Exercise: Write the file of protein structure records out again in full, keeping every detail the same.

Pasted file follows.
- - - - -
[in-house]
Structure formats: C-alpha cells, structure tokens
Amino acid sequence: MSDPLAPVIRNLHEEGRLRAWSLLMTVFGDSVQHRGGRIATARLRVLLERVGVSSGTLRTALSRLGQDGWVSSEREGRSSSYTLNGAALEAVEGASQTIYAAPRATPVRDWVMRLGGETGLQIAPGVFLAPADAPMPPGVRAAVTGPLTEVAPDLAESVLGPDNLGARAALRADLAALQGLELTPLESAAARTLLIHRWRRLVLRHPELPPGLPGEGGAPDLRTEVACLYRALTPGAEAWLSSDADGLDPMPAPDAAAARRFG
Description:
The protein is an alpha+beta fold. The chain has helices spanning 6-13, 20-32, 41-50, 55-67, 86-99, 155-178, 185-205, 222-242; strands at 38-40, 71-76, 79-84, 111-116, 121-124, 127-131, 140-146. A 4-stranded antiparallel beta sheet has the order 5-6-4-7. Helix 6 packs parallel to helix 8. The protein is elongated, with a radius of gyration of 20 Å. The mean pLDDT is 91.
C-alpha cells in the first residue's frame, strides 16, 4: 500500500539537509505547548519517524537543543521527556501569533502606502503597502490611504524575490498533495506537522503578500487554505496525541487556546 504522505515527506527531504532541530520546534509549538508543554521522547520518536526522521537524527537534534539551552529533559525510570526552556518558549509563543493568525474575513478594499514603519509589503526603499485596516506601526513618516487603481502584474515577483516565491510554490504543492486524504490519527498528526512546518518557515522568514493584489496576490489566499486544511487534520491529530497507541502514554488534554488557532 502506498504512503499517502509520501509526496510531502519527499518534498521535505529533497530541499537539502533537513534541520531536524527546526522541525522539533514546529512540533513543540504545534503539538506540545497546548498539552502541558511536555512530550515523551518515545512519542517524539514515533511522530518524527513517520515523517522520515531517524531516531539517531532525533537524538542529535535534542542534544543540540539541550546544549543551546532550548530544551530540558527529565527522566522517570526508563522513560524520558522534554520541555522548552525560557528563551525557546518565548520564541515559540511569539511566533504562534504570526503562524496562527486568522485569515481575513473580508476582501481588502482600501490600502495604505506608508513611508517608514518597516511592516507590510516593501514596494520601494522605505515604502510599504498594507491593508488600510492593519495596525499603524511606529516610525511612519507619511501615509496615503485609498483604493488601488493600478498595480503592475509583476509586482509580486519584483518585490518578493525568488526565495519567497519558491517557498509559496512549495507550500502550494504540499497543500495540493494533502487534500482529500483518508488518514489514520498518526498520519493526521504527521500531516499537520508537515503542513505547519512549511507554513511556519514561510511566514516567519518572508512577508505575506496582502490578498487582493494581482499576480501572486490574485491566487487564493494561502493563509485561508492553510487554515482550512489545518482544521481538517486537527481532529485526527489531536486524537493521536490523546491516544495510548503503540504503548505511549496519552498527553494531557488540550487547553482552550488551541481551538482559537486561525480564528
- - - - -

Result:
[in-house]
Structure formats: C-alpha cells, structure tokens
Amino acid sequence: MSDPLAPVIRNLHEEGRLRAWSLLMTVFGDSVQHRGGRIATARLRVLLERVGVSSGTLRTALSRLGQDGWVSSEREGRSSSYTLNGAALEAVEGASQTIYAAPRATPVRDWVMRLGGETGLQIAPGVFLAPADAPMPPGVRAAVTGPLTEVAPDLAESVLGPDNLGARAALRADLAALQGLELTPLESAAARTLLIHRWRRLVLRHPELPPGLPGEGGAPDLRTEVACLYRALTPGAEAWLSSDADGLDPMPAPDAAAARRFG
Description:
The protein is an alpha+beta fold. The chain has helices spanning 6-13, 20-32, 41-50, 55-67, 86-99, 155-178, 185-205, 222-242; strands at 38-40, 71-76, 79-84, 111-116, 121-124, 127-131, 140-146. A 4-stranded antiparallel beta sheet has the order 5-6-4-7. Helix 6 packs parallel to helix 8. The protein is elongated, with a radius of gyration of 20 Å. The mean pLDDT is 91.
C-alpha cells in the first residue's frame, strides 16, 4: 500500500539537509505547548519517524537543543521527556501569533502606502503597502490611504524575490498533495506537522503578500487554505496525541487556546 504522505515527506527531504532541530520546534509549538508543554521522547520518536526522521537524527537534534539551552529533559525510570526552556518558549509563543493568525474575513478594499514603519509589503526603499485596516506601526513618516487603481502584474515577483516565491510554490504543492486524504490519527498528526512546518518557515522568514493584489496576490489566499486544511487534520491529530497507541502514554488534554488557532 502506498504512503499517502509520501509526496510531502519527499518534498521535505529533497530541499537539502533537513534541520531536524527546526522541525522539533514546529512540533513543540504545534503539538506540545497546548498539552502541558511536555512530550515523551518515545512519542517524539514515533511522530518524527513517520515523517522520515531517524531516531539517531532525533537524538542529535535534542542534544543540540539541550546544549543551546532550548530544551530540558527529565527522566522517570526508563522513560524520558522534554520541555522548552525560557528563551525557546518565548520564541515559540511569539511566533504562534504570526503562524496562527486568522485569515481575513473580508476582501481588502482600501490600502495604505506608508513611508517608514518597516511592516507590510516593501514596494520601494522605505515604502510599504498594507491593508488600510492593519495596525499603524511606529516610525511612519507619511501615509496615503485609498483604493488601488493600478498595480503592475509583476509586482509580486519584483518585490518578493525568488526565495519567497519558491517557498509559496512549495507550500502550494504540499497543500495540493494533502487534500482529500483518508488518514489514520498518526498520519493526521504527521500531516499537520508537515503542513505547519512549511507554513511556519514561510511566514516567519518572508512577508505575506496582502490578498487582493494581482499576480501572486490574485491566487487564493494561502493563509485561508492553510487554515482550512489545518482544521481538517486537527481532529485526527489531536486524537493521536490523546491516544495510548503503540504503548505511549496519552498527553494531557488540550487547553482552550488551541481551538482559537486561525480564528